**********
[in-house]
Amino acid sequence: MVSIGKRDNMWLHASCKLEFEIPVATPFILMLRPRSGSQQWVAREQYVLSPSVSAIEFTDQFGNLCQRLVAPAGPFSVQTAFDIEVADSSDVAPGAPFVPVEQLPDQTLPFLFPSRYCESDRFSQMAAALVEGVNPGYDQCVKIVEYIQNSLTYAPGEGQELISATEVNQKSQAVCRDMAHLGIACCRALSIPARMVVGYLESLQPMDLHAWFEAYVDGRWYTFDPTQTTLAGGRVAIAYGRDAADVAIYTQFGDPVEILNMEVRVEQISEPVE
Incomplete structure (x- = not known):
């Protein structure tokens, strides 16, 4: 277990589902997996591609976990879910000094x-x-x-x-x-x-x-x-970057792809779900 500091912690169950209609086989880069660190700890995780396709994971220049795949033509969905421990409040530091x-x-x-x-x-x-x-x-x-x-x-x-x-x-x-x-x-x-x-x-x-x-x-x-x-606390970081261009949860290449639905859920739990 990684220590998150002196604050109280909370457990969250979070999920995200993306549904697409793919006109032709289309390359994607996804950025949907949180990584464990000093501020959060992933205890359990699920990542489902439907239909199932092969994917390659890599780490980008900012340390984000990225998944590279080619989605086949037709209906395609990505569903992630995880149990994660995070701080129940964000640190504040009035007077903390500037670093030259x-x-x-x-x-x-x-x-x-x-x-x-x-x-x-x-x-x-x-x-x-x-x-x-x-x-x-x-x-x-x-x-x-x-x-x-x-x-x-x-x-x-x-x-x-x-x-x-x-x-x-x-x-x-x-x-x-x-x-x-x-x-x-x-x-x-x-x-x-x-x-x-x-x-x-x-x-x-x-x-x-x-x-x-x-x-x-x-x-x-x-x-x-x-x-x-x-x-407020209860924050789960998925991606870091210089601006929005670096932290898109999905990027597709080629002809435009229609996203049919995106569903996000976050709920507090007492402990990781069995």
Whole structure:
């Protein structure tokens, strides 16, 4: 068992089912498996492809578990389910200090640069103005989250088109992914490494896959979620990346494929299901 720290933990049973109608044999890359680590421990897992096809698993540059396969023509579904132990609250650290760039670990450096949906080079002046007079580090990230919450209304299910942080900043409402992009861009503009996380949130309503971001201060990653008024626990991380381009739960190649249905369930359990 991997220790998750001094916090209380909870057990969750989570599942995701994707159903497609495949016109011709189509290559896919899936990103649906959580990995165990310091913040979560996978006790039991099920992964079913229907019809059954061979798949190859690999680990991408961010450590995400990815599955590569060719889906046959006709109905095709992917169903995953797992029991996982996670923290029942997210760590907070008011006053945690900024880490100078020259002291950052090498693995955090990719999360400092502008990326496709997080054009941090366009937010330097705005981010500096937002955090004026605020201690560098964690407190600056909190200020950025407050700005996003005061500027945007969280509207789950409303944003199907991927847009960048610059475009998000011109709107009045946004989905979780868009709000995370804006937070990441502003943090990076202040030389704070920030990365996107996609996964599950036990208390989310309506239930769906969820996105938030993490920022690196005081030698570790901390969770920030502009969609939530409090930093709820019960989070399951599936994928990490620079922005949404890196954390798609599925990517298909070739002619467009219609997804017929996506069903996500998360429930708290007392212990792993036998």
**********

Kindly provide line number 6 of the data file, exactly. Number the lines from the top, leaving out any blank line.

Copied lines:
């Protein structure tokens, strides 16, 4: 068992089912498996492809578990389910200090640069103005989250088109992914490494896959979620990346494929299901 720290933990049973109608044999890359680590421990897992096809698993540059396969023509579904132990609250650290760039670990450096949906080079002046007079580090990230919450209304299910942080900043409402992009861009503009996380949130309503971001201060990653008024626990991380381009739960190649249905369930359990 991997220790998750001094916090209380909870057990969750989570599942995701994707159903497609495949016109011709189509290559896919899936990103649906959580990995165990310091913040979560996978006790039991099920992964079913229907019809059954061979798949190859690999680990991408961010450590995400990815599955590569060719889906046959006709109905095709992917169903995953797992029991996982996670923290029942997210760590907070008011006053945690900024880490100078020259002291950052090498693995955090990719999360400092502008990326496709997080054009941090366009937010330097705005981010500096937002955090004026605020201690560098964690407190600056909190200020950025407050700005996003005061500027945007969280509207789950409303944003199907991927847009960048610059475009998000011109709107009045946004989905979780868009709000995370804006937070990441502003943090990076202040030389704070920030990365996107996609996964599950036990208390989310309506239930769906969820996105938030993490920022690196005081030698570790901390969770920030502009969609939530409090930093709820019960989070399951599936994928990490620079922005949404890196954390798609599925990517298909070739002619467009219609997804017929996506069903996500998360429930708290007392212990792993036998």